The Future Effectiveness Of Transdermal Treatment Might Be More Than Skin-Deep
The pharmaceutical industry is investing in the growing development of transdermal treatment options for various conditions.
Patches, electrodes, and other methods of delivering medicine through the skin have been growing for some time.
“In addition, an increase in adoption of transdermal drug delivery for peripheral artery diseases, and emerging economies such as China, India and others, will create new opportunities for the transdermal drug delivery market,” the report explains.
Amongst new pharmaceutical technologies being further explored, a widely successful treatment option for Hyperhidrosis — the excessive sweating condition — could see a boost in adoption.
Introduced over 50 years ago, Iontophoresis has been successfully used as a treatment option for excessive sweating as a niche solution to a niche condition.
This technology works by sending minor electric charges through a metal plate attached to the affected area when submerged in water. Although stainless steel 304 is the single most common grade, many professional Iontophoresis kits prefer an aluminum alloy. Many people are allergic to nickel and chrome, which are present in most stainless steel alloys.
Much is yet to be learned about this off-beat transdermal treatment. In fact, the exact way Iontophoresis triggers the uncontrolled sweat mechanism in Hyperhidrosis patients is yet to be determined.
That said, Iontophoresis is effective 98.5% of the time, lending some credence to the value of further research into exactly why it works.
The applications for Iontophoresis as a transdermal option for treatment don’t end with excessive sweating. Pain from mild muscular injuries has also been successfully mitigated using this process with additional topical anti-inflammatory medication.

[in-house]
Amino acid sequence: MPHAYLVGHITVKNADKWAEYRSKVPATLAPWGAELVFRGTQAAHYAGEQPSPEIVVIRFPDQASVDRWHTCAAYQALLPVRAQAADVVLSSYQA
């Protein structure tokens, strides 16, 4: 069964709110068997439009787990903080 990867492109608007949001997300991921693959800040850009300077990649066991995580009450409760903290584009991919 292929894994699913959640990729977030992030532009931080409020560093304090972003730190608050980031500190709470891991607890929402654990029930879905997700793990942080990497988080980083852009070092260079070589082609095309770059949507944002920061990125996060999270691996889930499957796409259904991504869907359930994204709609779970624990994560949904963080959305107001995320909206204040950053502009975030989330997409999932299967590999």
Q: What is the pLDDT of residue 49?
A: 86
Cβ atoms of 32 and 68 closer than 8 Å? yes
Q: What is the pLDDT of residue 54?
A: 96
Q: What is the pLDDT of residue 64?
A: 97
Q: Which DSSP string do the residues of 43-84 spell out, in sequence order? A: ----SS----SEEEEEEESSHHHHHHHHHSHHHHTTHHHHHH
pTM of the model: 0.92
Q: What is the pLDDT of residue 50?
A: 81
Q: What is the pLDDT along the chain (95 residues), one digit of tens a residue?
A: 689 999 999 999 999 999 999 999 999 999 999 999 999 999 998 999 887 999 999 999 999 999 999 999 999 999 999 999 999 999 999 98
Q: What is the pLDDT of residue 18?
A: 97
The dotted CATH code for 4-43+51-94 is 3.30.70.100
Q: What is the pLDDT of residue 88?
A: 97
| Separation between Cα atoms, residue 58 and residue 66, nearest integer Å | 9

Transdermal treatments have proven useful across the board as an alternative Route of Administration (ROA) for common drugs, and that is driving the market forward.
There are difficulties in using treatments of this kind, namely that the skin’s function is to keep things out of the body.
Solutions are actively being developed to solve this issue. Microneedles are incredibly small and pain-free alternatives to traditional transcellular or intercellular transdermal technology and are viewed as revolutionary in the medical community.
This booming medical technology certainly shows promise moving forward. Although there are great financial barriers to research and development, it is now becoming clear that transdermal administration could become a favored ROA of future medical professionals.
The hope amongst the community is to develop an effective ROA that is painless, nanoparticle medicine ready, and bioavailability efficient. The hope of Hyperhidrosis patients is that they will stop sweating.